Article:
Melissa Juried Kriebel
Unlike the rest of the US, Miami’s business economy remains strong as bankruptcy filings trend downward.
Most mid-size businesses are sticking around due to stimulus checks, moratoriums, PPP loans and other government programs where loans are intended to be forgiven, which is basically free money for businesses, said Jim Silver, a bankruptcy partner for Kelley Kronenberg.
“What I feel happened is the federal government just threw a ton of money into the economy, and basically papered over the problem,” he said. “My view is that was a short-term cosmetic fix and not long-term addressing of the economic problems. If your supply goes down and have more money chasing less supply, you’re going get a lot of inflation, and that’s what we’re starting to see now.”
The good news about PPP loan funds is that they were injected into the businesses to help, said Joe Luzinski, senior managing director for DSI, “But the bad news, in my opinion, it’s just a band-aid, not a cure. Ultimately, that money didn’t fix anything. It just extends whatever problem that business had before.”
The tsunami of cleaning out businesses that have been hanging around at the bottom 25% of the economy for the last two-plus years is still going to happen, Mr. Luzinski said.
“If you look at that over a long continuum, it’s part of our economy that it naturally kind of cleans itself out,” he said. “There are companies that go away every year and equity investors take that money and redeploy that into other ventures to try different things.”
In 2021, 72 cases of Chapter 11 were filed at the Bankruptcy Court of the Southern District of Florida. As of July, 49 businesses filed for bankruptcy so far this year. Chapter 11 is a form of bankruptcy that involves a reorganization of a debtor’s business affairs, debts and assets. This form of bankruptcy also allows a company to stay in business and restructure its obligations.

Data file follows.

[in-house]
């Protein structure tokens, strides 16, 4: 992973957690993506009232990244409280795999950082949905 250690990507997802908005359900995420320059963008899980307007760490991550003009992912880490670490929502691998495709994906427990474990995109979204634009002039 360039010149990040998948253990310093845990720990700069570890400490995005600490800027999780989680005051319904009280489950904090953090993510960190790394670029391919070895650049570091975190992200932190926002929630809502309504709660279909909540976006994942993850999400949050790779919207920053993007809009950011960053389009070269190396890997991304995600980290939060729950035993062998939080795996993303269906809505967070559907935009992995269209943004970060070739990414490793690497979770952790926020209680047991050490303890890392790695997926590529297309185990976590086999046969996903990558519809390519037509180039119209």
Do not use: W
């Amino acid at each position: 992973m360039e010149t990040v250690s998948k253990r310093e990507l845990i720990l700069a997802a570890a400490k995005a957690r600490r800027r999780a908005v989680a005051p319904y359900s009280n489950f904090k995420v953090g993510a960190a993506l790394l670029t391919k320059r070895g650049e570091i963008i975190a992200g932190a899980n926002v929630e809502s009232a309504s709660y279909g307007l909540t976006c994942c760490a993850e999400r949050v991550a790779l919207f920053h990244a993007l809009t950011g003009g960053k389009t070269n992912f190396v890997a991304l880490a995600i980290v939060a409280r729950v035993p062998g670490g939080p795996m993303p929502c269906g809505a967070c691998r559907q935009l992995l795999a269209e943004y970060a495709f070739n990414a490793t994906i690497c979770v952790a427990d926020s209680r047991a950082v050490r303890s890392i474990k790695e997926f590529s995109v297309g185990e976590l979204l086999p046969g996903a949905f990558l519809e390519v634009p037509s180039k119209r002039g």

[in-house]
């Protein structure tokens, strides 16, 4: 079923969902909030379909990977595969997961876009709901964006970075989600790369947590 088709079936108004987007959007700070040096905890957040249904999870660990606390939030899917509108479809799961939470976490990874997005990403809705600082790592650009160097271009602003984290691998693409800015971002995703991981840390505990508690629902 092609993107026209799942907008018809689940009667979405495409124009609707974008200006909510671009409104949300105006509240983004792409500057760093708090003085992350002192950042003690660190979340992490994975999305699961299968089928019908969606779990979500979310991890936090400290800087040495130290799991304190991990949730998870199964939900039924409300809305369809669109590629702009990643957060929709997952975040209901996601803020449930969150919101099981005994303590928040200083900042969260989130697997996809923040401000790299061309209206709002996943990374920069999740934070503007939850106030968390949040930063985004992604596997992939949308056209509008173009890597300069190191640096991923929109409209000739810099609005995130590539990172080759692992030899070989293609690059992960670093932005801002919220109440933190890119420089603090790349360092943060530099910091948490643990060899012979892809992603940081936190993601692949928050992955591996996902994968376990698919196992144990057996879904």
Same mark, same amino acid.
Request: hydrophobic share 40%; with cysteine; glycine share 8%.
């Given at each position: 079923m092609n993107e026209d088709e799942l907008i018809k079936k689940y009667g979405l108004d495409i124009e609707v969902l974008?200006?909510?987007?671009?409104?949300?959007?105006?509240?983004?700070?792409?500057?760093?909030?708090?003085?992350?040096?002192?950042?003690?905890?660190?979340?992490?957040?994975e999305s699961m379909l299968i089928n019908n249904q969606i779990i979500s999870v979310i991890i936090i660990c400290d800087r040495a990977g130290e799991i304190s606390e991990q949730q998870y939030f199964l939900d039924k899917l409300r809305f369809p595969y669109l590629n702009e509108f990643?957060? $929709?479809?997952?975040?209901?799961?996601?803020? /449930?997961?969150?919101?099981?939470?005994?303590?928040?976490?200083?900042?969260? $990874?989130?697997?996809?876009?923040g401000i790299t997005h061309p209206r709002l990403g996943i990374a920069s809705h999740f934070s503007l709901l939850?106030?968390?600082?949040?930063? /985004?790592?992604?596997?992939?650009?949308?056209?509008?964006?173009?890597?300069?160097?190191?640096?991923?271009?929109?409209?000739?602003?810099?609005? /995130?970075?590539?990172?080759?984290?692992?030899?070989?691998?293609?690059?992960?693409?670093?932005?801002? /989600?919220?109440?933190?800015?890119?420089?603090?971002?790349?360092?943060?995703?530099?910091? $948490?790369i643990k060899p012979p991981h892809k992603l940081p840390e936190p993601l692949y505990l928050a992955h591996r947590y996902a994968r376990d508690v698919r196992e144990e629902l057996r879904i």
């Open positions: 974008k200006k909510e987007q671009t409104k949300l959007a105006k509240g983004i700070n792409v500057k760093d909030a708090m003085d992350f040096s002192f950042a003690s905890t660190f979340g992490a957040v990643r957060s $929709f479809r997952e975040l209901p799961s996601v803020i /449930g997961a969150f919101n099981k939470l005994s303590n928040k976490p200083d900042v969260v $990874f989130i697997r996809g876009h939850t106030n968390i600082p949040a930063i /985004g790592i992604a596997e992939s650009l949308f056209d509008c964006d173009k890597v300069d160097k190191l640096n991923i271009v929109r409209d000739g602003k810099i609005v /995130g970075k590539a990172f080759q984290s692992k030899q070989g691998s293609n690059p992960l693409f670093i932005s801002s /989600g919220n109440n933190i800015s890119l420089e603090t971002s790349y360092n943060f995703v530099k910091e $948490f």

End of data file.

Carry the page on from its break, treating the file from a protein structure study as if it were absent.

A fair number of small businesses are now just starting to file for Chapter 5, which is a new subchapter of bankruptcy created through the Small Business Reorganization Act.
“It’s a small version of Chapter 11 that’s supposed to eliminate some of the hurdles to a business successfully reorganizing,” Mr. Silver explained. “It’s supposed to be less expensive, less complicated, in which standards that make it easier to form a plan and to successfully come out of bankruptcy.”
Nationally, businesses are going to face challenges, but not here in South Florida, added Tom Lehman. founding partner at Levine Kellogg Lehman Schneider + Grossman.
“I just heard that the Federal Open Market Committee is going to raise rates more that eventually history tells us it will slow down business activity and the recession,” he said. “I’m seeing big money center law firms coming down here and lots of activity in the professional sphere. That means that business transactions are taking place. I just don’t see bankruptcy filing cases picking up down here, but I think we’ll see it around the country.”